The general goal of any commercially-released film should be to entertain an audience. Entertainment value is not inherently tied to the size of a film’s budget or the complexity of its production. Thus, an entertaining movie can be made on even the smallest shoestring budget, so long as the plot is entertaining and the acting is at least somewhat decent. At the same time, a film with a substantial budget that is shot in stereoscopic 3D can be an absolute flop if it is not done properly.
Director David R. Ellis’ (“Snakes on a Plane”) new film, “Shark Night 3D,” fits perfectly into the second group, as neither its B-movie aspirations nor its special effects make up for the film’s lazily-written plot, poorly-developed characters, and a final product that makes SyFy Channel Original Movies look like “Citizen Kane.”
The film’s plot involves a group of seven Tulane University undergraduates who decide to spend a weekend at their friend Sara’s (Sara Paxton, “The Last House on the Left”) lake house in the Louisiana Gulf. After running into Sara’s old boyfriend Dennis (Chris Carmack, “The O.C.”) and local sheriff Sabin (Donal Logue, “Zodiac”), the group arrives at the lake house, and immediately starts to relax. However, trouble starts when Malik (Sinqua Walls, “Friday Night Lights”) is attacked by a shark while waterskiing, losing an arm in the process.
Seeking medical help for Malik, Nick (Dustin Milligan, “90210”) and Maya (Alyssa Diaz, “As The World Turns”) attempt to leave the boathouse, but are quickly thwarted by another shark. As they are picked off one by one, the survivors begin to realize that someone has a deadly plan in store for them.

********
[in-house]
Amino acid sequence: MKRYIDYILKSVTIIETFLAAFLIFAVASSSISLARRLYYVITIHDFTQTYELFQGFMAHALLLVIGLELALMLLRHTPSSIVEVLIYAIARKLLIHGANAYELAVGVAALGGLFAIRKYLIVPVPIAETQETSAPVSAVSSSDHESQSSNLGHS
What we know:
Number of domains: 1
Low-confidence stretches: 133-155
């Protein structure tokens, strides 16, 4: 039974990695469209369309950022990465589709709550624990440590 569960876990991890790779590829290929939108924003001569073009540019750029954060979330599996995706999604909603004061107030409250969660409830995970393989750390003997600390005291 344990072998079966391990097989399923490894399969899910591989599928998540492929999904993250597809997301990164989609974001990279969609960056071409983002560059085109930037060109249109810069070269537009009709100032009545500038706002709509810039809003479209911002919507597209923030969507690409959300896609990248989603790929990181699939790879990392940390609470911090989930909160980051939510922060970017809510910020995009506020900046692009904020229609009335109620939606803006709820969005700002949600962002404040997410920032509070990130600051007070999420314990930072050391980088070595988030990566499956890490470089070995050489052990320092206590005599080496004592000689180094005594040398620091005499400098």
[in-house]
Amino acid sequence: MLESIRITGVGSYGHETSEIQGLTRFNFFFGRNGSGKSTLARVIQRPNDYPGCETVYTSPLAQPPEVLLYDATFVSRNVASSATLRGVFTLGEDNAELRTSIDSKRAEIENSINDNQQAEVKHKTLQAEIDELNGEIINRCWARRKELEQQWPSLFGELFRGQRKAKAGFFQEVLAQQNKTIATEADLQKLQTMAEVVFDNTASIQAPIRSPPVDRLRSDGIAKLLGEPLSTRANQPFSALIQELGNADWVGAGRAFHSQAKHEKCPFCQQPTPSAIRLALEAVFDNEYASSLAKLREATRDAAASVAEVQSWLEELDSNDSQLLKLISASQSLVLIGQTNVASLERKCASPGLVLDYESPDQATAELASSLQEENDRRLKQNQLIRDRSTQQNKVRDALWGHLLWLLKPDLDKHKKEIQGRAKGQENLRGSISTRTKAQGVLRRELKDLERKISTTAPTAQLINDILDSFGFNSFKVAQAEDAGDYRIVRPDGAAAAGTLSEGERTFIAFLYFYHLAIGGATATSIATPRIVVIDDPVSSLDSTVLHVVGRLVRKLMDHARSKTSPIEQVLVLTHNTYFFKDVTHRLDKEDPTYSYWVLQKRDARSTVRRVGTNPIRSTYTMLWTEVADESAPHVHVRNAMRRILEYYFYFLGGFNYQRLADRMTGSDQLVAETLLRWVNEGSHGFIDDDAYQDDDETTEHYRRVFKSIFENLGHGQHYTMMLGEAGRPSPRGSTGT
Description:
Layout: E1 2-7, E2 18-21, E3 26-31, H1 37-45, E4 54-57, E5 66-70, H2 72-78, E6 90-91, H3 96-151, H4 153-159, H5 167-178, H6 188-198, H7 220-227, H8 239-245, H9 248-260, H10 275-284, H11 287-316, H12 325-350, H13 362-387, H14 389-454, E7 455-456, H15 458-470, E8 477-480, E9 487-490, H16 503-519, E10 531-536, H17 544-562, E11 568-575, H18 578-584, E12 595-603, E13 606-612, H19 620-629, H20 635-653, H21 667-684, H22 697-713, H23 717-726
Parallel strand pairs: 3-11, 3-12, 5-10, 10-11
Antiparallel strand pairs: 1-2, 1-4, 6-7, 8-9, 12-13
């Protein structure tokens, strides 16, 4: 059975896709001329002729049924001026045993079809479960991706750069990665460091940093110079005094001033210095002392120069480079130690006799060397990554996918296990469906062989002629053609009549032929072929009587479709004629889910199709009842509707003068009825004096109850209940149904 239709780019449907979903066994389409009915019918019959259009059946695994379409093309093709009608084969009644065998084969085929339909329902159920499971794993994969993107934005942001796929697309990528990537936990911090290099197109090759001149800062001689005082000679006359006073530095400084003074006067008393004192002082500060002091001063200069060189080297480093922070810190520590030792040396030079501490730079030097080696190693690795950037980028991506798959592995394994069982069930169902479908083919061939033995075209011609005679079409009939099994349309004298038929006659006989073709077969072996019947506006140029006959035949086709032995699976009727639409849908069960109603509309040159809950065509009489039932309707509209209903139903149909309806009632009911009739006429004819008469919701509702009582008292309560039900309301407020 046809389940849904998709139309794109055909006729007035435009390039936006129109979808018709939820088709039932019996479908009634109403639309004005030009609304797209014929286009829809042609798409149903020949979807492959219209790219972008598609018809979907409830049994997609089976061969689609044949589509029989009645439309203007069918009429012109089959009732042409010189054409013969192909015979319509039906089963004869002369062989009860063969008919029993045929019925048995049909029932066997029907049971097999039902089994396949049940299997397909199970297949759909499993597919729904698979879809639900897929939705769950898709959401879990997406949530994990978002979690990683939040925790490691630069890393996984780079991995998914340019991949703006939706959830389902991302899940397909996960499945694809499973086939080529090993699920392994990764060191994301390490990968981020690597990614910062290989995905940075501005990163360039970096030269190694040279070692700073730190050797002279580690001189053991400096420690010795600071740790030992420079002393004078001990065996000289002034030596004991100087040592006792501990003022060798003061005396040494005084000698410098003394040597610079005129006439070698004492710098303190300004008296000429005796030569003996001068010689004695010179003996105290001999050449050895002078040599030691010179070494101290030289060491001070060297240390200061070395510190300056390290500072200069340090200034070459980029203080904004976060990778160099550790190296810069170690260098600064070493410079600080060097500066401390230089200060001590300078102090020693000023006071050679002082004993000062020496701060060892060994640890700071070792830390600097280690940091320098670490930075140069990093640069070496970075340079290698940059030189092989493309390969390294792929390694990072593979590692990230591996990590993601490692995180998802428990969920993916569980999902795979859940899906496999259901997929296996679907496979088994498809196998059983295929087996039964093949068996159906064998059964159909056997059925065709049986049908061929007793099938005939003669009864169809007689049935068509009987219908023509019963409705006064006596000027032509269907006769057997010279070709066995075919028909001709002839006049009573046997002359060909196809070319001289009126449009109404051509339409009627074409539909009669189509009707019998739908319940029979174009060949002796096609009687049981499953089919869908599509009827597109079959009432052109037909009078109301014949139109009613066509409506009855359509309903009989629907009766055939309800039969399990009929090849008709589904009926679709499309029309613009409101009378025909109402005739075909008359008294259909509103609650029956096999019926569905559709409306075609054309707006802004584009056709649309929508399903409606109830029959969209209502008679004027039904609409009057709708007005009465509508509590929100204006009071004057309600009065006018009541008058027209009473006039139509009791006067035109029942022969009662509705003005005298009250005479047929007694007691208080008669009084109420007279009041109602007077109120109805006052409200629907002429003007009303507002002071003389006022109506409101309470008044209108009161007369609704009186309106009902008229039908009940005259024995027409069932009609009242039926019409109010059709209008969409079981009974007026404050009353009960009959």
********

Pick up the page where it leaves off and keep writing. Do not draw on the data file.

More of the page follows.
The movie’s plot is basically a poorly-written ripoff of “Jaws” and “Hostel” that attempts to combine the aquatic terror of the former with the extreme violence of the latter. However, given the film’s PG-13 rating, little violence actually occurs, and what is shown is boring and poorly done. The film’s ending is perhaps one of the dumbest in recent years, with the sharks origin revelation being one of the most cringe-worthy pieces of exposition in cinematic history.
The cast’s acting does nothing to make up for its stale, unoriginal plot, with almost all of the characters being nothing but generic racial and social stereotypes. Logue’s role as Sabin is perhaps the only halfway decent performance in the entire film, and even his acting is terrible. It is also worth noting that almost everyone involved with the film has only worked in television before, as reflected by the performances of the cast as a whole.
The film’s 3D effects, which could have been the lone saving grace for this film, are also poorly executed, with only one or two sequences even acknowledging the technology 3D at all. Had the filmmakers decided to go overboard with their 3D effects, this might have made for a slightly less terrible experience.
Though the film tries desperately to be a B-horror movie, it ultimately falls miserably short. Words cannot fully express just how terrible this film actually is. Those masochistic enough to want to see this film should realize that they are headed for murky waters indeed.